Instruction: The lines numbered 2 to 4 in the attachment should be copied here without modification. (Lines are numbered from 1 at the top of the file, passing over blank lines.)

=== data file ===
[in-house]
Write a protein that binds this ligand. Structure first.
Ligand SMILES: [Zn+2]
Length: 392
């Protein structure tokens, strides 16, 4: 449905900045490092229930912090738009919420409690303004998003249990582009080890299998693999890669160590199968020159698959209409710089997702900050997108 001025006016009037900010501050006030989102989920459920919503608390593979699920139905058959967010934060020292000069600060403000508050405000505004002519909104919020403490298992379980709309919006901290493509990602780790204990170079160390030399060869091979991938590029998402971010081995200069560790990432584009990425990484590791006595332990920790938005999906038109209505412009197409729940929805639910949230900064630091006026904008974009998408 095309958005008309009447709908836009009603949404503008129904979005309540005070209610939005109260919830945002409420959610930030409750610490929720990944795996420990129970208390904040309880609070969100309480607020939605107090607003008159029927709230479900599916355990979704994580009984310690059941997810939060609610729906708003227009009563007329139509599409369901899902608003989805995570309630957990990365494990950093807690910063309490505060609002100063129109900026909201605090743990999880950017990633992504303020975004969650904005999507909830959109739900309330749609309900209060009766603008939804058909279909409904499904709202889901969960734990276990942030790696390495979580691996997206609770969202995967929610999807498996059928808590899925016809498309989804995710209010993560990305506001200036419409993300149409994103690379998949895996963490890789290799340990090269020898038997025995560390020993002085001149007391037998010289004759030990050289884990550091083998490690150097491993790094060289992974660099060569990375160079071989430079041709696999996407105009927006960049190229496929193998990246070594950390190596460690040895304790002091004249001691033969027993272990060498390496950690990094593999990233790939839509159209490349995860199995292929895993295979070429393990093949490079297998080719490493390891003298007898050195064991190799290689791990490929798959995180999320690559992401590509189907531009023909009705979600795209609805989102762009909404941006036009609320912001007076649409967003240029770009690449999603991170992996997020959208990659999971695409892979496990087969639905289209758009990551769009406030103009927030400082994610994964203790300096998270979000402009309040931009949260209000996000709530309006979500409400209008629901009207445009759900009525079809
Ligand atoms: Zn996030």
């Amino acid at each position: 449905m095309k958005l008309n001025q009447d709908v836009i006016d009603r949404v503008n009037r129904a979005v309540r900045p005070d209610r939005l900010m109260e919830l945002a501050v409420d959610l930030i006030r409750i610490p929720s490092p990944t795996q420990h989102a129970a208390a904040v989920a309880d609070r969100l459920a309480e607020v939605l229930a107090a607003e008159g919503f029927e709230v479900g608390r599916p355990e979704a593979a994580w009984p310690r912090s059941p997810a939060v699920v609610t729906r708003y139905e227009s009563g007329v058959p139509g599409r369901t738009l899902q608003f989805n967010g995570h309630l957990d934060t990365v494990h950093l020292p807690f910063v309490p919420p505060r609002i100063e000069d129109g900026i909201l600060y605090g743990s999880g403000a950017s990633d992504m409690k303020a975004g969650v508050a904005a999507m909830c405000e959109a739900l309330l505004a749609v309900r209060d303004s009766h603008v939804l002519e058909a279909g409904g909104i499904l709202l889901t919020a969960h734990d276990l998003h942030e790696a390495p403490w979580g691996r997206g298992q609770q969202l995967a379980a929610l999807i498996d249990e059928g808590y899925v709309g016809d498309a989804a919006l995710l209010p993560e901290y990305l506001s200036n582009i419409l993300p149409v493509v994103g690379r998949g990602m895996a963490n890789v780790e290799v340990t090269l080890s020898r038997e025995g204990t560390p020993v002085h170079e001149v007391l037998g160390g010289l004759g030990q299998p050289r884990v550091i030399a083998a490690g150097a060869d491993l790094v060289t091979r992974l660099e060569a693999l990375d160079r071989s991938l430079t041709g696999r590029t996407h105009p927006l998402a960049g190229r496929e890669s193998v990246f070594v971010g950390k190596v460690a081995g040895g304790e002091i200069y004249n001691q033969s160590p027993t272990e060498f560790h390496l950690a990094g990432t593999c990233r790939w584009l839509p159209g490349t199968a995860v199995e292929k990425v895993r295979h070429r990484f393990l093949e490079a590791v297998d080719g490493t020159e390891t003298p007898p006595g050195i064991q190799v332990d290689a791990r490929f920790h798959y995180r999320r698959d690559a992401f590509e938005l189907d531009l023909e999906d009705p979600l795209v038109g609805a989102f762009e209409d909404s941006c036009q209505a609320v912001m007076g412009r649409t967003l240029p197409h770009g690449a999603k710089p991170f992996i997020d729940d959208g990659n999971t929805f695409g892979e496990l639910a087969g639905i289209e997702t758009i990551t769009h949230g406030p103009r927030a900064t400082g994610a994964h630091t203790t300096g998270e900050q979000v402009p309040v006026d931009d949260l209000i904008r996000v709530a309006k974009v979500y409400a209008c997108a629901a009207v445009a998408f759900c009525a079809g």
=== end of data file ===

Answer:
Write a protein that binds this ligand. Structure first.
Ligand SMILES: [Zn+2]
Length: 392